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Music

Apple Hides Account Info in DRM-Free Music 669

Posted by ScuttleMonkey
from the tabs-keeping-tabs dept.
Alvis Dark writes "Apple launched iTunes Plus earlier today, the fruit of its agreement with EMI to sell DRM-free music. What they didn't say is that all DRM-free tracks have the user's full name and account e-mail embedded in them. Is this to discourage people from throwing the tracks up on their favorite P2P platform? 'It would be trivial for iTunes to report back to Apple, indicating that "Joe User" has M4As on this hard drive belonging to "Jane Userette," or even "two other users." This is not to say that Apple is going to get into the copyright enforcement business. What Apple and indeed the record labels want to watch closely is, will one user buy music for his five close friends?'"
Google

Google's Answer to Filling Jobs Is an Algorithm 330

Posted by Zonk
from the humanisticly-dehumanizing dept.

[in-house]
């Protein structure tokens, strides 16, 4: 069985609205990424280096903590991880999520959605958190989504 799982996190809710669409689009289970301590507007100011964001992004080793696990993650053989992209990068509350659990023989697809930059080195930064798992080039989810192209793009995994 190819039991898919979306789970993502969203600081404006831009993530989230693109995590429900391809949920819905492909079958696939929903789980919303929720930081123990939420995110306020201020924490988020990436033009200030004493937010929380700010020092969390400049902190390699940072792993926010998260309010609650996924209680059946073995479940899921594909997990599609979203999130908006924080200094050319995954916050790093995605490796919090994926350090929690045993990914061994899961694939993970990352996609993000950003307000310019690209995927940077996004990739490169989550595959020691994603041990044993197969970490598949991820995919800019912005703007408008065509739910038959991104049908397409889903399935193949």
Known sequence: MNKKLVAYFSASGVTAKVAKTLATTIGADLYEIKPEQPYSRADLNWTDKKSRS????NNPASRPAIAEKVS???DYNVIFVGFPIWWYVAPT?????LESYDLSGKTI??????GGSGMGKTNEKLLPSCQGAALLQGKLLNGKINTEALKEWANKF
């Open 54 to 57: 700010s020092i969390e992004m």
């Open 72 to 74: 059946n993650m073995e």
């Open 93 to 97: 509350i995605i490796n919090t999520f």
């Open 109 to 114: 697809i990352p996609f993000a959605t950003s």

An anonymous reader tipped us to a New York Times article about Google's newest HR tool: an algorithm. Starting soon, the company (which gets roughly 100,000 applications a month) will require all interested applicants to fill out an in-depth survey. They'll be using a sophisticated algorithm to work through the submitted surveys, matching applicants with positions. The company has apparently doubled in size in each of the last three years. Even though it's already 10,000 employees strong Laszlo Bock, Google's vice president for people operations, sees no reason the company won't reach 20,000 by the end of the year. This will mean hiring something like 200 people a week, every week, all year. From the article: "Even as Google tries to hire more people faster, it wants to make sure that its employees will fit into its freewheeling culture. The company boasts that only 4 percent of its work force leaves each year, less than other Silicon Valley companies. And it works hard to retain people, with copious free food, time to work on personal projects and other goodies. Stock options and grants certainly encourage employees to stay long enough to take advantage of the company's surging share price. Google's hiring approach is backed by academic research showing that quantitative information on a person's background -- called 'biodata' among testing experts -- is indeed a valid way to look for good workers."

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